It turns out that Bud Norris has turned to his cutter and two seam fastball far more often this year. Norris has cut his slider% from 29.2% in 2016 to 19% in 2017 while utilizing his cutter more. For the first time in 2016, Norris used his cutter more than 5% of the time(11.8%) but that figure has jumped to 37.8%(!) in 2017. Cutters and sliders are quite a bit similar but this current cutter he is using is 3.8 mph faster than the slider, providing a different look vs left handed bats. He’s also altered his fastball approach, using his four seam fastball a career low 21.9% of the time while throwing his two seam fastball a career high 20.6% of the time. When a hard throwing pitcher moves to the pen, experiences an uptick in stuff, changes his pitch repertoire and finds a new dominant pitch in the process, you immediately take note of that. While 26 innings isn’t a big sample, the changes made across those 26 innings at least offer some hope for the future success of Bud Norris.

The results of the altered approach Norris has used have been outstanding. Norris has thrown his cutter 175 times this season and has induced 29 whiffs, allowed a .146 batting average against that pitch and allowed only 1 extra base hit. Last year, in his 1st year utilizing the pitch more than 5% of the time, he allowed a .188 average against that pitch while running a 20.7% swing and miss rate on the pitch. While the results on the cutter were great last year, he didn’t use it enough, only throwing it 11.8% of the time and his results vs left handed batters still stunk(.390 wOBA). Meanwhile, the slider has seen better results with the cut back on usage. His slugging percentage against the pitch this year is .273, compared to the .378 mark in 2016 and .446 mark in 2015. He’s running a 23.5% swing and miss rate on his slider compared to the 15.2% rate he had in 2016. His four seam fastball, meanwhile, has had far worse results compared to his two seam fastball. Norris has only gotten swings and misses on 5.8% of his four seam fastballs thrown while allowing a .588 SLG% in 17 at bats. His two seam fastball has generated a 13.8% swing and miss rate and Norris has allowed only 1 hit on that pitch this year. It’s highly possible that the change in approach to batters along with a more effective fastball and cutter has led to more overall success with his pitches. Sometimes, pitchers with good stuff simply need to alter their approach to pitching and it looks like some tweaks have made a big difference.

Back in 2015, Norris ran a hideous 6.72 ERA across 83 innings, which led to some changes with his pitch mix going into 2016. For the first time in his career, he used 3 pitches 10% or more of the time(fastball, slider, cutter), seeing an improvement in results but his 5.10 ERA in 2016 wasn’t quite enough to garner more attention in the offseason. This season, he’s seeing much better results with his heavy fastball/cutter approach along with the lower usage of his slider. To get a better look at how he’s changed his approach, check out a recent outing from Norris while pitching in Tampa Bay.

Against right handers, Norris generally goes with his four seam fastball along while using his slider a bit more and cutter a bit less. Meanwhile vs left handers, Norris goes heavy on his two seam and cutter usage, with those two pitches offering more horizontal movement to keep the hitter guessing on which way the ball will move. This outing is atypical to most of his outings this year, using a different approach vs right handers compared to left handers.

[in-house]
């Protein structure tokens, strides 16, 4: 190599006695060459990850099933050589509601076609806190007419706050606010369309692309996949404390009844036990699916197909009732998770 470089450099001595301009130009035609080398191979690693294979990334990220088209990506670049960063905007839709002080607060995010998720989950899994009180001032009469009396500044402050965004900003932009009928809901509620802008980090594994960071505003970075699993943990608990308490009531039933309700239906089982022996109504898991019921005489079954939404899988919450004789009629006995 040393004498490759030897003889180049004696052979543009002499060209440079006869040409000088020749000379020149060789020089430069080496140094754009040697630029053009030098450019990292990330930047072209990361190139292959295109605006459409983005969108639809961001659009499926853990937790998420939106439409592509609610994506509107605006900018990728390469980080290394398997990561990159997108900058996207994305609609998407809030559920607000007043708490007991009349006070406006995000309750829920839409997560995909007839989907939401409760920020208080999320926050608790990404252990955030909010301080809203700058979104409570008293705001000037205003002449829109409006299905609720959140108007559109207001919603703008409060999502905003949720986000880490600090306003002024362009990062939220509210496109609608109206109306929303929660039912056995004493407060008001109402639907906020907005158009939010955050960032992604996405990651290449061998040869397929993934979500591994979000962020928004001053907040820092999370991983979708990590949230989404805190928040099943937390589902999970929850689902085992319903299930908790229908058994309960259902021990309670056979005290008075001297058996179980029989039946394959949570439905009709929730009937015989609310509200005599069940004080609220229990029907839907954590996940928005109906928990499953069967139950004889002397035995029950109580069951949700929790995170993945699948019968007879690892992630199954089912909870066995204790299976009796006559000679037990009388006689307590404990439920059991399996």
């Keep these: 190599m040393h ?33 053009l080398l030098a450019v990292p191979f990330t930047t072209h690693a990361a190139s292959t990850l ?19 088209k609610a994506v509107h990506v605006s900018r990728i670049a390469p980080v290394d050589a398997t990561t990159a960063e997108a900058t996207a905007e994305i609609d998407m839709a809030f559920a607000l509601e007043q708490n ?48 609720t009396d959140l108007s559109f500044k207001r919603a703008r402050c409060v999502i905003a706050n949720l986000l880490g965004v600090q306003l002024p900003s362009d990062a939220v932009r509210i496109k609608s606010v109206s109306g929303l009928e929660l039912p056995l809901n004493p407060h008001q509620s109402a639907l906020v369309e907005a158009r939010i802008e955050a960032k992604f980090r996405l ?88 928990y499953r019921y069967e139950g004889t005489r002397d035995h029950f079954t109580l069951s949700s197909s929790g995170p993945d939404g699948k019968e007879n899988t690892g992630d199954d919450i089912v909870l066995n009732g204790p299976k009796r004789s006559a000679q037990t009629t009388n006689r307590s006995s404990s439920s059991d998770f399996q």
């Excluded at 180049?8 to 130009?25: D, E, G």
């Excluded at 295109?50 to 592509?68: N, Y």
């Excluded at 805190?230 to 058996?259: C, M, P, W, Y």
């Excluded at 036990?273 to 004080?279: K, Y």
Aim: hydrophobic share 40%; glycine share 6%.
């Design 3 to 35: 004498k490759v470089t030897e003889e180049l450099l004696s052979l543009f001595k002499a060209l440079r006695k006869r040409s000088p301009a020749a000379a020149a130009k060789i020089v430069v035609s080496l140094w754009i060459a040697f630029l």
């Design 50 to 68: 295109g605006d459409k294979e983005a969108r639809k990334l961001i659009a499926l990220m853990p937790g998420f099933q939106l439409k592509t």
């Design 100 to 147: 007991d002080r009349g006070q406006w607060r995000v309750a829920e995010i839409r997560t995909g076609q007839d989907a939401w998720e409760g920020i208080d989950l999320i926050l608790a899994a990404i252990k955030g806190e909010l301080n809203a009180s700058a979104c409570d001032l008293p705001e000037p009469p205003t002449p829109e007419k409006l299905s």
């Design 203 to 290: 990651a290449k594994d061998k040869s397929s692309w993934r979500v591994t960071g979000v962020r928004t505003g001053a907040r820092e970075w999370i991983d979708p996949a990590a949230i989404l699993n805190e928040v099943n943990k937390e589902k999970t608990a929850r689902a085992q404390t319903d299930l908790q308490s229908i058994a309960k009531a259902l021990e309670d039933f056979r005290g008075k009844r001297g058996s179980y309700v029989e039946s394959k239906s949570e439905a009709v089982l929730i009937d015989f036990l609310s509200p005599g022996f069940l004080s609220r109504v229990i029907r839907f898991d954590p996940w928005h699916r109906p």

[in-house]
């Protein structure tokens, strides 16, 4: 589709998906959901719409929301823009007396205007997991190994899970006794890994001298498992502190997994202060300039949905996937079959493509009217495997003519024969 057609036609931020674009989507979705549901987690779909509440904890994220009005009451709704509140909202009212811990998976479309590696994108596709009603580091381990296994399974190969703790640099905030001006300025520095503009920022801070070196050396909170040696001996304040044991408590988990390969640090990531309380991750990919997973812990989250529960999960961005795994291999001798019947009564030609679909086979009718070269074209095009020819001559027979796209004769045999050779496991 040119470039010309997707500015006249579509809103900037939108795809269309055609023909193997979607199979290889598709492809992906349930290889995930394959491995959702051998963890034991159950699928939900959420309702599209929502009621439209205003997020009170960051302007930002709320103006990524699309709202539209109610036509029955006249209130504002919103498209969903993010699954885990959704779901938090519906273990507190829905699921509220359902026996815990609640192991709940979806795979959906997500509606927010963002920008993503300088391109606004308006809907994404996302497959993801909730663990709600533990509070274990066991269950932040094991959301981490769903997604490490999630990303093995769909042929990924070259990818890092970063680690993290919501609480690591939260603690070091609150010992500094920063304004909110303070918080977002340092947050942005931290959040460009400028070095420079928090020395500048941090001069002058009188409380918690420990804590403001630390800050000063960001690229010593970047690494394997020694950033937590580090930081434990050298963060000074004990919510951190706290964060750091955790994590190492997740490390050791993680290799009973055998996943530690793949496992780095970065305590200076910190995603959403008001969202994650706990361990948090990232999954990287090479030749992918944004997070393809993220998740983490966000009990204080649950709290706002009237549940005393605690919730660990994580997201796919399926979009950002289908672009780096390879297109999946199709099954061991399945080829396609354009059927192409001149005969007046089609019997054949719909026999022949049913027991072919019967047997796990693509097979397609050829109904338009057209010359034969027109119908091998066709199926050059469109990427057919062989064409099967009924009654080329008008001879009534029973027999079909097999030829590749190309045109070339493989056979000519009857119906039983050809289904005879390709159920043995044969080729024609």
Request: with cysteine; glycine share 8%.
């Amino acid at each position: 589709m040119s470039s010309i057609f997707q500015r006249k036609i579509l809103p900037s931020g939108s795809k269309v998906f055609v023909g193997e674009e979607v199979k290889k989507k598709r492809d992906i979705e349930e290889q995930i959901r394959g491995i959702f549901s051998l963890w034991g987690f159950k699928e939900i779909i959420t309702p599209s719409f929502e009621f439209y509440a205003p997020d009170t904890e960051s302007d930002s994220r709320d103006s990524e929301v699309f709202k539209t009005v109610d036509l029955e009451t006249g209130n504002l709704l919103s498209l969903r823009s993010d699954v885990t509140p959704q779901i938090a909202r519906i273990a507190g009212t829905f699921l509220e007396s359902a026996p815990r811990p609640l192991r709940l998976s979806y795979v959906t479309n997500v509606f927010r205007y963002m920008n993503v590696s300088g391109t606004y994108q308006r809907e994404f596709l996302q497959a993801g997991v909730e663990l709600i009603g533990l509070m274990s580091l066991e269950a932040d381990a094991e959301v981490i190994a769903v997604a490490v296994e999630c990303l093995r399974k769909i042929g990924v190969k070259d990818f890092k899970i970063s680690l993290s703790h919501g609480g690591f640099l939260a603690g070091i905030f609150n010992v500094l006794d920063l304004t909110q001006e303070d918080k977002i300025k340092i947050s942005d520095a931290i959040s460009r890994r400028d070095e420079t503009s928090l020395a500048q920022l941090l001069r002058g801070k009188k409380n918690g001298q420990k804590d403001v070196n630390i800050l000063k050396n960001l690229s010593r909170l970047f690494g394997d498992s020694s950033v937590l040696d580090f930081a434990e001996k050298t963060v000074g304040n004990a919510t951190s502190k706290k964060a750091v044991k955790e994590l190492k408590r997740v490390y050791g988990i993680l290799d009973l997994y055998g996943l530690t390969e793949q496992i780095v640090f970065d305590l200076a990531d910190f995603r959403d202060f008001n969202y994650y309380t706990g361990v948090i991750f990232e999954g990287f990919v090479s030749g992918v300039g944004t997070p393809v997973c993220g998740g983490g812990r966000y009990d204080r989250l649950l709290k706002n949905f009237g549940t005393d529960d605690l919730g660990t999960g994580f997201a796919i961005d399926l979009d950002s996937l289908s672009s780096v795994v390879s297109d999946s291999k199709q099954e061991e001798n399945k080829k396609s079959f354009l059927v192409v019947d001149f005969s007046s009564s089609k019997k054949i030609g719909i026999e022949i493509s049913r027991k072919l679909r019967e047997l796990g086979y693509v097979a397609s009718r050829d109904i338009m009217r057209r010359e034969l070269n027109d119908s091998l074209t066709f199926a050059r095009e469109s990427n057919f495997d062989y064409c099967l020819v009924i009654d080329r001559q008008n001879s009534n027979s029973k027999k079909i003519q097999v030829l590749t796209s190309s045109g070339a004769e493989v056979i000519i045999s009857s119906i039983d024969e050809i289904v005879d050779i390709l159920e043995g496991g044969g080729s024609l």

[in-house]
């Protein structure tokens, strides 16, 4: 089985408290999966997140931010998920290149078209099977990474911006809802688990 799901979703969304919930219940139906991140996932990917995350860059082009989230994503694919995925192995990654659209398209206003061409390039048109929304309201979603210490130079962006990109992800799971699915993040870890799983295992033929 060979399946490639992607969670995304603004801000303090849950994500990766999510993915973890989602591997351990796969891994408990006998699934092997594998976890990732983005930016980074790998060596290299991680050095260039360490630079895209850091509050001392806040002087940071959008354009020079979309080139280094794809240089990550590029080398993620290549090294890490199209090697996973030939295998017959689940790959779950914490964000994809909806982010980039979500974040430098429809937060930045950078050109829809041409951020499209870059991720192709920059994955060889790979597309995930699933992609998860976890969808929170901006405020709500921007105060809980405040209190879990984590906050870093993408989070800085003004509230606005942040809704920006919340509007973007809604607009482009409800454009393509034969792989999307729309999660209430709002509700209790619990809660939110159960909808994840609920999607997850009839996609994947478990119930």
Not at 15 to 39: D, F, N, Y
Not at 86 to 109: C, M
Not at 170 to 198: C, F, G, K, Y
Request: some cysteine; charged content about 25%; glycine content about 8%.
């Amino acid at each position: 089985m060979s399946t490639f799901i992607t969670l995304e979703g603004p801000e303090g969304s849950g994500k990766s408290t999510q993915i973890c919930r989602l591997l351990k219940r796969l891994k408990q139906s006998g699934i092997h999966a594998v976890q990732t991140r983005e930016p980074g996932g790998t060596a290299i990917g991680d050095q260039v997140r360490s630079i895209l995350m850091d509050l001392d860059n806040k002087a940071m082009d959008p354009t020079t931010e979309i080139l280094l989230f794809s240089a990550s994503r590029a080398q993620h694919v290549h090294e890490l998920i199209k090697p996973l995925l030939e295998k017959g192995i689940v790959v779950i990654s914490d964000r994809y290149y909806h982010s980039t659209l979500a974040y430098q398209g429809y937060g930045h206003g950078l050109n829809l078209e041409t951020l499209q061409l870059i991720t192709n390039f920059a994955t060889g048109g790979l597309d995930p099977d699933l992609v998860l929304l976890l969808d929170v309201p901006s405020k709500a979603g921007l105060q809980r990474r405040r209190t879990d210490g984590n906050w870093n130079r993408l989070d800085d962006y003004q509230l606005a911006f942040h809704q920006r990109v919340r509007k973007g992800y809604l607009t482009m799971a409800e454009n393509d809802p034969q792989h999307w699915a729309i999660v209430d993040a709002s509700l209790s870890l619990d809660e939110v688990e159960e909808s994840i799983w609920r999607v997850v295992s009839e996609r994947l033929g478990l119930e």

It looks like Norris really adapted and solved his biggest weakness: getting left handed batters out. The heavy fastball/cutter approach with the slider mixed in 20% of the time has led to Norris having a breakout season as a shutdown reliever in the Angels bullpen. His new approach has led to more swings on pitches out of the zone(36.5 O-Swing%), which has in part led to more swings and misses on his new cutter. Another big change has been keeping the ball in the yard more, with only 2 home runs allowed in 26 innings in 2017, which is a 0.69 HR/9 rate which is significantly lower than his 1.13 HR/9 rate.

This is a lot of information to soak in so let’s recap: Bud Norris throwing harder. He’s throwing his cutter way more. He’s using his two seam and cutter heavily vs left handed bats while using his old fastball and slider combination more vs right handed bats. His change in the way he’s thrown pitches has led to less contact and worse quality of contact when the ball is put in play. Overall, Norris is allowing way less runs to be scored because he’s simply not allowing hitters to do any damage on his pitches. More significantly, Bud Norris has found a way to get left handed hitters out, so far in 2017 that is. As a result, the Angels have found a high leverage reliever who is able to get both righties and lefties out.

Coming into 2017, the Angels bullpen was viewed as a huge weakness. The current unit has been roughly a league average unit, a far cry from the projected bottom 5 worst bullpen many thought the Angels would be. Low key acquisitions Blake Parker(2.59 ERA, 0.77 FIP) and Yusmeiro Petit(2.20 ERA and 2.94 FIP) along with Bud Norris have led to a unit that isn’t sinking the team but has actually propelled the team in some cases. Angels general manager Billy Eppler was given the tough task to reconstruct an atrocious bullpen that former general manager Jerry Dipoto left behind and Eppler has managed to hit on several additions. Bud Norris, thanks to his ability to adapt and work in his new role, has been one of the Angels key acquisitions and should be used even more by manager Mike Scioscia, regardless if the opposing batter bats left handed or right handed.